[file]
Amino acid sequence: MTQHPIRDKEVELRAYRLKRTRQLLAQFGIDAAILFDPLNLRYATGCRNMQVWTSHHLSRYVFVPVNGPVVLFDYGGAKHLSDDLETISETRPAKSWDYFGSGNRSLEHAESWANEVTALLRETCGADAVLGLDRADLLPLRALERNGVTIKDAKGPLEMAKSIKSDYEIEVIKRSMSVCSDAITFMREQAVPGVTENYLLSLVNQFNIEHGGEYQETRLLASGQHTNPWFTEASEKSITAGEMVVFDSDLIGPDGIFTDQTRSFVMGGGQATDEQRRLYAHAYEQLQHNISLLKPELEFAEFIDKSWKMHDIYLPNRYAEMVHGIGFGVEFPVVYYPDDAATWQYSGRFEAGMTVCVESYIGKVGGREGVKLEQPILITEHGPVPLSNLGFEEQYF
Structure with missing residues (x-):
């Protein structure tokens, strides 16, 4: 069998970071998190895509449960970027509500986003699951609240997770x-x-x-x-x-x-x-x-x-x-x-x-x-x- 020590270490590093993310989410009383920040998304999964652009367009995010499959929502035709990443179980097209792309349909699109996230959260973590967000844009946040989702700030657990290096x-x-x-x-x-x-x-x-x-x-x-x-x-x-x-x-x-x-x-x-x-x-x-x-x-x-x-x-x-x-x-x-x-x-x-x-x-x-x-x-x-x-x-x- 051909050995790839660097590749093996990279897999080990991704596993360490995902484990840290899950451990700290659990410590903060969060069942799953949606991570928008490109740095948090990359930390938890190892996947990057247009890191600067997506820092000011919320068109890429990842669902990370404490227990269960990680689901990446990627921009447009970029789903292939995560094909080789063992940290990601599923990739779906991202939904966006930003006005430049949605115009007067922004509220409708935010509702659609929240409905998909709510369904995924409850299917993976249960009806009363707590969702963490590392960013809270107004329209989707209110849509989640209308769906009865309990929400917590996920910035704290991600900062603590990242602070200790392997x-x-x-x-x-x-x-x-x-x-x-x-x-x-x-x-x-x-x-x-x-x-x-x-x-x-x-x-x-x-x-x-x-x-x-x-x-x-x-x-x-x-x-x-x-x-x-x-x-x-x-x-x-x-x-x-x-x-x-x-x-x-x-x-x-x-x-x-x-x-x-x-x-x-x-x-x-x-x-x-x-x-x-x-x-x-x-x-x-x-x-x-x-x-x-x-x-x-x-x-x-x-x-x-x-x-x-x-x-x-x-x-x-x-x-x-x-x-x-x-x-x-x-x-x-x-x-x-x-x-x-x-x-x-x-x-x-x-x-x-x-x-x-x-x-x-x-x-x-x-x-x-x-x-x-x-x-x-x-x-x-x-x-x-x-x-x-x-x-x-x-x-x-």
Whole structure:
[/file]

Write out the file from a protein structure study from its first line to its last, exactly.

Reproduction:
Amino acid sequence: MTQHPIRDKEVELRAYRLKRTRQLLAQFGIDAAILFDPLNLRYATGCRNMQVWTSHHLSRYVFVPVNGPVVLFDYGGAKHLSDDLETISETRPAKSWDYFGSGNRSLEHAESWANEVTALLRETCGADAVLGLDRADLLPLRALERNGVTIKDAKGPLEMAKSIKSDYEIEVIKRSMSVCSDAITFMREQAVPGVTENYLLSLVNQFNIEHGGEYQETRLLASGQHTNPWFTEASEKSITAGEMVVFDSDLIGPDGIFTDQTRSFVMGGGQATDEQRRLYAHAYEQLQHNISLLKPELEFAEFIDKSWKMHDIYLPNRYAEMVHGIGFGVEFPVVYYPDDAATWQYSGRFEAGMTVCVESYIGKVGGREGVKLEQPILITEHGPVPLSNLGFEEQYF
Structure with missing residues (x-):
């Protein structure tokens, strides 16, 4: 069998970071998190895509449960970027509500986003699951609240997770x-x-x-x-x-x-x-x-x-x-x-x-x-x- 020590270490590093993310989410009383920040998304999964652009367009995010499959929502035709990443179980097209792309349909699109996230959260973590967000844009946040989702700030657990290096x-x-x-x-x-x-x-x-x-x-x-x-x-x-x-x-x-x-x-x-x-x-x-x-x-x-x-x-x-x-x-x-x-x-x-x-x-x-x-x-x-x-x-x- 051909050995790839660097590749093996990279897999080990991704596993360490995902484990840290899950451990700290659990410590903060969060069942799953949606991570928008490109740095948090990359930390938890190892996947990057247009890191600067997506820092000011919320068109890429990842669902990370404490227990269960990680689901990446990627921009447009970029789903292939995560094909080789063992940290990601599923990739779906991202939904966006930003006005430049949605115009007067922004509220409708935010509702659609929240409905998909709510369904995924409850299917993976249960009806009363707590969702963490590392960013809270107004329209989707209110849509989640209308769906009865309990929400917590996920910035704290991600900062603590990242602070200790392997x-x-x-x-x-x-x-x-x-x-x-x-x-x-x-x-x-x-x-x-x-x-x-x-x-x-x-x-x-x-x-x-x-x-x-x-x-x-x-x-x-x-x-x-x-x-x-x-x-x-x-x-x-x-x-x-x-x-x-x-x-x-x-x-x-x-x-x-x-x-x-x-x-x-x-x-x-x-x-x-x-x-x-x-x-x-x-x-x-x-x-x-x-x-x-x-x-x-x-x-x-x-x-x-x-x-x-x-x-x-x-x-x-x-x-x-x-x-x-x-x-x-x-x-x-x-x-x-x-x-x-x-x-x-x-x-x-x-x-x-x-x-x-x-x-x-x-x-x-x-x-x-x-x-x-x-x-x-x-x-x-x-x-x-x-x-x-x-x-x-x-x-x-």
Whole structure: